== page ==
This is why the new version of ISO 31000 says that risk management must allow “realisation and protection of value”. This definition aligns with the vision of quantitative cyber risks management that we develop at C-Risk. Our vision consists of identifying and then dealing with cyber risks based on the potential financial losses they represent. Quantitative risk analysis allows for good risk management.
Risk management: a method with benefits on many levels
As shown with the above definitions, risk management is primarily a matter of applying a specific method. It is indeed a “continuous improvement process”, to quote the reference framework for risk management, published by the Federation of European Risk Management Associations (FERMA).
Risk management regroups several objectives, including:
- providing a method that regulates all future projects to ensure more security;
- improving the use, allocation, and preservation of company capital;
- facilitating the decision-making process by prioritising threats;
- protecting the image of the structure, and in doing so, its value.
The different stages of risk management
Risk management is a method that can be broken down into 6 main stages:
1/ risk assessment, which covers both risk analysis and risk evaluation;
2/ report on risk assessment;
4/ implementation of risk management solutions;
5/ internal and external communication on identified risks;
6/ long term monitoring of risk management strategies.
1. Assessing the risk
Risk assessment refers to the process that includes the analysis and evaluation of risk, according to ISO / IEC 73. Its first step, analysis, itself covers four sub-steps: identification, description, estimation, and evaluation of risks.
1.1 Identifying the risk
Risk identification serves to determine the threats your company faces by methodically scanning its environment and its strategic and operational objectives. This scan should enable you to isolate your structure’s significant activities, and is also used to pinpoint instabilities that may present a risk.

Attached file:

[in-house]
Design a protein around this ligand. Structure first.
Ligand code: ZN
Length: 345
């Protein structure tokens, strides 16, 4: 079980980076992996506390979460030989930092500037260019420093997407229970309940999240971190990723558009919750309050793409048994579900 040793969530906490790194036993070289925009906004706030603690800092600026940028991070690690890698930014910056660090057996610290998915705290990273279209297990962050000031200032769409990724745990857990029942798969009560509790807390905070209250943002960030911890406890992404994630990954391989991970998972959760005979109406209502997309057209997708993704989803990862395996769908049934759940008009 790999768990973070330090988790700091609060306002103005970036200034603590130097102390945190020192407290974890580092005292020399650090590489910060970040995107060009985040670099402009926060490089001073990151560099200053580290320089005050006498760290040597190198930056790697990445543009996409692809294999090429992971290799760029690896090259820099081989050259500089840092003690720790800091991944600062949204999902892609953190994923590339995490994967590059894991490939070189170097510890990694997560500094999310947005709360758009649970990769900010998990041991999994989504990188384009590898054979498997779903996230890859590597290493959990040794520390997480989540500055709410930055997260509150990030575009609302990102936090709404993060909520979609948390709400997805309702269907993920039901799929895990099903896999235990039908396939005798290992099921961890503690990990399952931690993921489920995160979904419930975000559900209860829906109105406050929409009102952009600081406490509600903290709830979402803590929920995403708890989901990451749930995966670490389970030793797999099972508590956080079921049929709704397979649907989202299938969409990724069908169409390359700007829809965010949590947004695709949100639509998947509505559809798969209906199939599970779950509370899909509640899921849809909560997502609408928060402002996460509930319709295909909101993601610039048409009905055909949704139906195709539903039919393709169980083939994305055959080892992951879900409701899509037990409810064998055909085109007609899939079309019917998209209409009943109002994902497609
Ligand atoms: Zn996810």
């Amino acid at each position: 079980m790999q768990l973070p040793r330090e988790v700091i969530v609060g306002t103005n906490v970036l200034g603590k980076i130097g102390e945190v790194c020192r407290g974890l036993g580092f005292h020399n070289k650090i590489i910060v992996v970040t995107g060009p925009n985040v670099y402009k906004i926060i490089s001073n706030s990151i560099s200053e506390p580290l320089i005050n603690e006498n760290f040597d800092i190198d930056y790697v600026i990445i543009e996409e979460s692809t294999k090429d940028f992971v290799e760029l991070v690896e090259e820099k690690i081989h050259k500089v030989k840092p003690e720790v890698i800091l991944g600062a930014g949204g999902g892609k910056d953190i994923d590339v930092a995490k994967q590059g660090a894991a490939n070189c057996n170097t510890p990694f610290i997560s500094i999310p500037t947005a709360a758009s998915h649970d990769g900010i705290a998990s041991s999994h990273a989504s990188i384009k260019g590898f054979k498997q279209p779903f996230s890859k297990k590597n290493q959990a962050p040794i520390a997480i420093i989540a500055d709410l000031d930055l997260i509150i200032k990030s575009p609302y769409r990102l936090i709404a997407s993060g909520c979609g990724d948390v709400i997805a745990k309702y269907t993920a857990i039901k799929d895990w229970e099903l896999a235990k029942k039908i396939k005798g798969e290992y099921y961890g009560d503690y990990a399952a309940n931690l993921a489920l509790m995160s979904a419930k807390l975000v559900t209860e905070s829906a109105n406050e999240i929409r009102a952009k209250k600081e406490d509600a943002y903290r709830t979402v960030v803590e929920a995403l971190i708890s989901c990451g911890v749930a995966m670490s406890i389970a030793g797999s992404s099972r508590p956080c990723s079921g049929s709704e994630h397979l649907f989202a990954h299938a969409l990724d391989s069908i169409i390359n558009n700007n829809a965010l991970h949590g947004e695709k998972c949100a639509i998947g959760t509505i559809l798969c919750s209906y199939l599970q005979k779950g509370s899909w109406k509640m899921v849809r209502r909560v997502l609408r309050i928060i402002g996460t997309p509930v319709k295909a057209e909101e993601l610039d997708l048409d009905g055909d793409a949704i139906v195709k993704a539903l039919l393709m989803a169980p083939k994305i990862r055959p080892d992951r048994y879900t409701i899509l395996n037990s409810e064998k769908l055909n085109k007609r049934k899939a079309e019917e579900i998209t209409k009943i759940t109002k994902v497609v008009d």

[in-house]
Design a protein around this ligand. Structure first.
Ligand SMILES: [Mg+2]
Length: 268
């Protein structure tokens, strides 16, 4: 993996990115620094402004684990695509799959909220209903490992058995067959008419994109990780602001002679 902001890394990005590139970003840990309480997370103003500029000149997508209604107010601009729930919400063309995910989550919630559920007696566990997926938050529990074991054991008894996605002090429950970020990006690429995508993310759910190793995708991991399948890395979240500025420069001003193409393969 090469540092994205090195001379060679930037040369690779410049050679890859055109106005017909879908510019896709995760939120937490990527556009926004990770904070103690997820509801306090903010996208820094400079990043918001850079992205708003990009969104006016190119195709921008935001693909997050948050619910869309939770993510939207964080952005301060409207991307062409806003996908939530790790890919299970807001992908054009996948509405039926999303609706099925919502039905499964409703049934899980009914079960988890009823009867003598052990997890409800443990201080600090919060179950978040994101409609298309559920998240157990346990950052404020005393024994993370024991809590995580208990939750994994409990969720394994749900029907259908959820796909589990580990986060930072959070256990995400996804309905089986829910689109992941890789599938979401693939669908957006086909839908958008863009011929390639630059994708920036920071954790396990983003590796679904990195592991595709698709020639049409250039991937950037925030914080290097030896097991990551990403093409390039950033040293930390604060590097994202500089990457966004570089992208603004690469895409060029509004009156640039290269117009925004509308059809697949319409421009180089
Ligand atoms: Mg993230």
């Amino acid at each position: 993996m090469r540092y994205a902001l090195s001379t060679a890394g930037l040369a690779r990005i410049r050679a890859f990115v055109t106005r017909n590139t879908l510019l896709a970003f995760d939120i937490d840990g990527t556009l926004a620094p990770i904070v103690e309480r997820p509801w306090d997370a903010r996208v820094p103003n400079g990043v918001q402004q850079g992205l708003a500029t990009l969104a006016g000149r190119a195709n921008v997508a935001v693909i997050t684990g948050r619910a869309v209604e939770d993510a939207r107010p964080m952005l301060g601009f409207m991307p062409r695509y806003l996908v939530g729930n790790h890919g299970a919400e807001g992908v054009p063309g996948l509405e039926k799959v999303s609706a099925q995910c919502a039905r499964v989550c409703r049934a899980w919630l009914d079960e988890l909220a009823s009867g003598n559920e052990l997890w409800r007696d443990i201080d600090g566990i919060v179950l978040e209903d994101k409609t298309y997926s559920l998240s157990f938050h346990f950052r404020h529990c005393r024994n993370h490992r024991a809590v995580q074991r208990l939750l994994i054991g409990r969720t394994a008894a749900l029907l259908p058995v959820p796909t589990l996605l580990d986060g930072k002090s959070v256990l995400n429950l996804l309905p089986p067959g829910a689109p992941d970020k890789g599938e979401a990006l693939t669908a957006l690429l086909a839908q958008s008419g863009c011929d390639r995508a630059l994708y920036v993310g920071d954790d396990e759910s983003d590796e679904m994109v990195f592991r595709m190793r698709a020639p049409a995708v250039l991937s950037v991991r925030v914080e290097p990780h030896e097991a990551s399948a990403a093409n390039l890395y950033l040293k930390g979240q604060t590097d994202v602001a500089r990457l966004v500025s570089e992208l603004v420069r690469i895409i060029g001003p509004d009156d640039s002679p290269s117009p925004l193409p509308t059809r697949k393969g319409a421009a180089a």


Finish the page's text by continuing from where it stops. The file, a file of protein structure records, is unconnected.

These “significant activities” may refer to:
- Strategic objectives, as described by your board of directors. These can be threatened by many cyber risks, related to reputation, identity theft, data theft and espionage, or shutdown of IT activities.
- Day-to-day operational activities;
- Data protection;
- Financial management;
- Compliance regarding data protection, as required by the European GDPR (general data protection regulation), for instance.
1.2 Describing the risk
During this stage, you will need to structure the presentation of risks in order to better communicate them internally. To do this, you may want to create a table of identified risks, specifying:
- their consequences, especially financial;
- the probability that the risks occur. This data needs to be cross-referenced with the consequences to establish a ranking of risks;
- the affected stakeholders;
- the tolerance of your company vis-à-vis those specific risks;
- existing protocols to mitigate the threats;
- actions for improvement on existing measures;
- the designated people in charge of working on each risk.
1.3 Estimating the risk
Finally, estimating the risk is a delicate step for which the methods diverge. You can estimate the risk qualitatively, i.e., by naming the threat according to a classification designed for this analysis: “strong”, “medium”, “weak”, for example. The risk probability can also be assessed by name: “high”, “average”, “low”.